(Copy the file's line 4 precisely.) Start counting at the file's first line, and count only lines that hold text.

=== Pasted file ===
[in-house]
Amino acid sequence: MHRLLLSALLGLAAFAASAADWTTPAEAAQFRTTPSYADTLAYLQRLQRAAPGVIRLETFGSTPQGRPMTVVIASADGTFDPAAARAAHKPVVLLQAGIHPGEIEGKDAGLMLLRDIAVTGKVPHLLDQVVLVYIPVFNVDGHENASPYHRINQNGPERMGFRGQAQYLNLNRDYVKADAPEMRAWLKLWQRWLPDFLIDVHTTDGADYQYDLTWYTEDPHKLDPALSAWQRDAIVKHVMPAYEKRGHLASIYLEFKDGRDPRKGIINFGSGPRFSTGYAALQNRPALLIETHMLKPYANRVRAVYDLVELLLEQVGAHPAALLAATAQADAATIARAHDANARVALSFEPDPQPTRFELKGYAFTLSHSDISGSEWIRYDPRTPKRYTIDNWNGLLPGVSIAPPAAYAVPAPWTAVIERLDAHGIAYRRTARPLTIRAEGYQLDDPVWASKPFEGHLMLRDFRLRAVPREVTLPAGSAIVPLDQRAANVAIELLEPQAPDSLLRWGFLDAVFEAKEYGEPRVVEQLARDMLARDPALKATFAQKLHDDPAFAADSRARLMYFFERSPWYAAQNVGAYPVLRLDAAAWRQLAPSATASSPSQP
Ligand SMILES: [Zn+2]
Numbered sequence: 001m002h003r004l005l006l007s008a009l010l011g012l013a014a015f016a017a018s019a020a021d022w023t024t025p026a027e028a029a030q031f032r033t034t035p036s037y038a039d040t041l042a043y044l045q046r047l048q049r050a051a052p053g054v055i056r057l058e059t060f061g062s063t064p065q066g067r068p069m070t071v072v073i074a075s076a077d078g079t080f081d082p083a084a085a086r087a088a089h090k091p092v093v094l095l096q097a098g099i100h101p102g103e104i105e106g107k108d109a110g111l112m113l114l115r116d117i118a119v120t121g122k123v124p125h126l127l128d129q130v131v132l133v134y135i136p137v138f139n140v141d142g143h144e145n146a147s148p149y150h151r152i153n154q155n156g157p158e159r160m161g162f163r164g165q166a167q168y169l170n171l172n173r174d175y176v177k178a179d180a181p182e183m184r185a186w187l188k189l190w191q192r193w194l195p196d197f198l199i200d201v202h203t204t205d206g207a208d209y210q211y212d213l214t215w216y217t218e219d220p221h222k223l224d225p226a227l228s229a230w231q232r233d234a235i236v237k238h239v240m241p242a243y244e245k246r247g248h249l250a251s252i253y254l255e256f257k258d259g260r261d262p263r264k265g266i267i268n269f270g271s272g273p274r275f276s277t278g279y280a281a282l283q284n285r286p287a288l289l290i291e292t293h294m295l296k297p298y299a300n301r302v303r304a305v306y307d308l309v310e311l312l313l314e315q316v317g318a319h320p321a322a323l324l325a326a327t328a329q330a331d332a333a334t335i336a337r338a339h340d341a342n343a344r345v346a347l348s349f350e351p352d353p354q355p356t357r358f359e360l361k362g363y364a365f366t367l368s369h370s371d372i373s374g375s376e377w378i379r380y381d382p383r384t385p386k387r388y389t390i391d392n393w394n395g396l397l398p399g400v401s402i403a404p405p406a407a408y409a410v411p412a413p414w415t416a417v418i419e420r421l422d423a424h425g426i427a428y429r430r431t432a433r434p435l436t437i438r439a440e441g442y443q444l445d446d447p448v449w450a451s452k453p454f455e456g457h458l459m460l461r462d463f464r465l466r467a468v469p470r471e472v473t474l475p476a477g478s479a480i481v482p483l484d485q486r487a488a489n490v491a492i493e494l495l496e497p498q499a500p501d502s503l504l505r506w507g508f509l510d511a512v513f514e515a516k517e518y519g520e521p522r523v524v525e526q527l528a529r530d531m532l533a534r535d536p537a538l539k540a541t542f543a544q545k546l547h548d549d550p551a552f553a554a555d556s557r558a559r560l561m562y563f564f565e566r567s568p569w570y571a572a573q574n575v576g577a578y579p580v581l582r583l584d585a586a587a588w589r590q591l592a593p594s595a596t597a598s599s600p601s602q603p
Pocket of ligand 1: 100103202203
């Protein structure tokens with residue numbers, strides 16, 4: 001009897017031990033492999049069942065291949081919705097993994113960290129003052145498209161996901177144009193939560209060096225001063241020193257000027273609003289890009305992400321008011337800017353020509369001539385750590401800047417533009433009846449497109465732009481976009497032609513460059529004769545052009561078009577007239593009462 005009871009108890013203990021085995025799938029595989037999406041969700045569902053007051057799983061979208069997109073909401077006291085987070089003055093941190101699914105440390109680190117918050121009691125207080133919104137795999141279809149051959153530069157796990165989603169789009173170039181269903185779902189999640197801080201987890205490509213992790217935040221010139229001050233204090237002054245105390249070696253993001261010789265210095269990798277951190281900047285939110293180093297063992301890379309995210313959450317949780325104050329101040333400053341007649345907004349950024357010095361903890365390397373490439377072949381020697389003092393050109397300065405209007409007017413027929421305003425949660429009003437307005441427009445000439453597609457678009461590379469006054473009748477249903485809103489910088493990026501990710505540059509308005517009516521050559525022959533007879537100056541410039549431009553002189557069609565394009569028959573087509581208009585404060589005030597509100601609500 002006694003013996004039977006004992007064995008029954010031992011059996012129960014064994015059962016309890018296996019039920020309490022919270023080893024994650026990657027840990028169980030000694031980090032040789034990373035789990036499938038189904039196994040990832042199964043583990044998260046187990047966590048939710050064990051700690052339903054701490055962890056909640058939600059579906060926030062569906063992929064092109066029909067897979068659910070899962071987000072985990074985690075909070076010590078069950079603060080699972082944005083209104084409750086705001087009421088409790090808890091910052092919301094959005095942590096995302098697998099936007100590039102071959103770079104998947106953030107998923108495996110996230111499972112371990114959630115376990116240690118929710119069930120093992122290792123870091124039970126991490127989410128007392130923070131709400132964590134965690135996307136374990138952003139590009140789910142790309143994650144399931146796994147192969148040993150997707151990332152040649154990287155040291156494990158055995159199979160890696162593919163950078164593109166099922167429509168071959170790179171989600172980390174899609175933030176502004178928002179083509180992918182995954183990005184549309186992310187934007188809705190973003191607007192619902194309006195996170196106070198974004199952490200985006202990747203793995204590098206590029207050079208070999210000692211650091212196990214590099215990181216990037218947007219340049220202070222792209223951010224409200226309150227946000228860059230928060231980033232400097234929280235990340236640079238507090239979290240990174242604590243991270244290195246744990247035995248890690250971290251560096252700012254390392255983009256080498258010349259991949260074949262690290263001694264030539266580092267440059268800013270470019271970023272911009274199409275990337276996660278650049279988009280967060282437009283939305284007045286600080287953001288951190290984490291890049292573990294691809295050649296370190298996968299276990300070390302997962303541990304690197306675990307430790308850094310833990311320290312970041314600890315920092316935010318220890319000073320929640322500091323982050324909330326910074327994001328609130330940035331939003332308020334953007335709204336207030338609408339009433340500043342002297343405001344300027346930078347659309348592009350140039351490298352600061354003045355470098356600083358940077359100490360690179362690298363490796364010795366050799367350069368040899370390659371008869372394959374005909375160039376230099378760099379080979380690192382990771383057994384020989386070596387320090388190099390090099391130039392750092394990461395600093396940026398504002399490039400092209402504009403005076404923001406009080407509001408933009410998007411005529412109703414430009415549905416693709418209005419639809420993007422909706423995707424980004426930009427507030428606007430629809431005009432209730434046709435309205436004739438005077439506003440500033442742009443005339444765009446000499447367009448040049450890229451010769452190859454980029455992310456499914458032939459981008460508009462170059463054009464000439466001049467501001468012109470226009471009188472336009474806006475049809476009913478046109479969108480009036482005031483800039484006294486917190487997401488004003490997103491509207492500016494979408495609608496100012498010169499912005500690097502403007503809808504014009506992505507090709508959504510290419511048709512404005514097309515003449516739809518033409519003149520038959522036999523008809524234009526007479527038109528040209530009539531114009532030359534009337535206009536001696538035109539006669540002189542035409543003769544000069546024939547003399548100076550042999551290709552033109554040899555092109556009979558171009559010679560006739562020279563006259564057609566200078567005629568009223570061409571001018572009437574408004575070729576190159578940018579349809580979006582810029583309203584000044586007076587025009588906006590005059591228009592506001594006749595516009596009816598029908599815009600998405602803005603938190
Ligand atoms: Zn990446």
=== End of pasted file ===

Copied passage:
Numbered sequence: 001m002h003r004l005l006l007s008a009l010l011g012l013a014a015f016a017a018s019a020a021d022w023t024t025p026a027e028a029a030q031f032r033t034t035p036s037y038a039d040t041l042a043y044l045q046r047l048q049r050a051a052p053g054v055i056r057l058e059t060f061g062s063t064p065q066g067r068p069m070t071v072v073i074a075s076a077d078g079t080f081d082p083a084a085a086r087a088a089h090k091p092v093v094l095l096q097a098g099i100h101p102g103e104i105e106g107k108d109a110g111l112m113l114l115r116d117i118a119v120t121g122k123v124p125h126l127l128d129q130v131v132l133v134y135i136p137v138f139n140v141d142g143h144e145n146a147s148p149y150h151r152i153n154q155n156g157p158e159r160m161g162f163r164g165q166a167q168y169l170n171l172n173r174d175y176v177k178a179d180a181p182e183m184r185a186w187l188k189l190w191q192r193w194l195p196d197f198l199i200d201v202h203t204t205d206g207a208d209y210q211y212d213l214t215w216y217t218e219d220p221h222k223l224d225p226a227l228s229a230w231q232r233d234a235i236v237k238h239v240m241p242a243y244e245k246r247g248h249l250a251s252i253y254l255e256f257k258d259g260r261d262p263r264k265g266i267i268n269f270g271s272g273p274r275f276s277t278g279y280a281a282l283q284n285r286p287a288l289l290i291e292t293h294m295l296k297p298y299a300n301r302v303r304a305v306y307d308l309v310e311l312l313l314e315q316v317g318a319h320p321a322a323l324l325a326a327t328a329q330a331d332a333a334t335i336a337r338a339h340d341a342n343a344r345v346a347l348s349f350e351p352d353p354q355p356t357r358f359e360l361k362g363y364a365f366t367l368s369h370s371d372i373s374g375s376e377w378i379r380y381d382p383r384t385p386k387r388y389t390i391d392n393w394n395g396l397l398p399g400v401s402i403a404p405p406a407a408y409a410v411p412a413p414w415t416a417v418i419e420r421l422d423a424h425g426i427a428y429r430r431t432a433r434p435l436t437i438r439a440e441g442y443q444l445d446d447p448v449w450a451s452k453p454f455e456g457h458l459m460l461r462d463f464r465l466r467a468v469p470r471e472v473t474l475p476a477g478s479a480i481v482p483l484d485q486r487a488a489n490v491a492i493e494l495l496e497p498q499a500p501d502s503l504l505r506w507g508f509l510d511a512v513f514e515a516k517e518y519g520e521p522r523v524v525e526q527l528a529r530d531m532l533a534r535d536p537a538l539k540a541t542f543a544q545k546l547h548d549d550p551a552f553a554a555d556s557r558a559r560l561m562y563f564f565e566r567s568p569w570y571a572a573q574n575v576g577a578y579p580v581l582r583l584d585a586a587a588w589r590q591l592a593p594s595a596t597a598s599s600p601s602q603p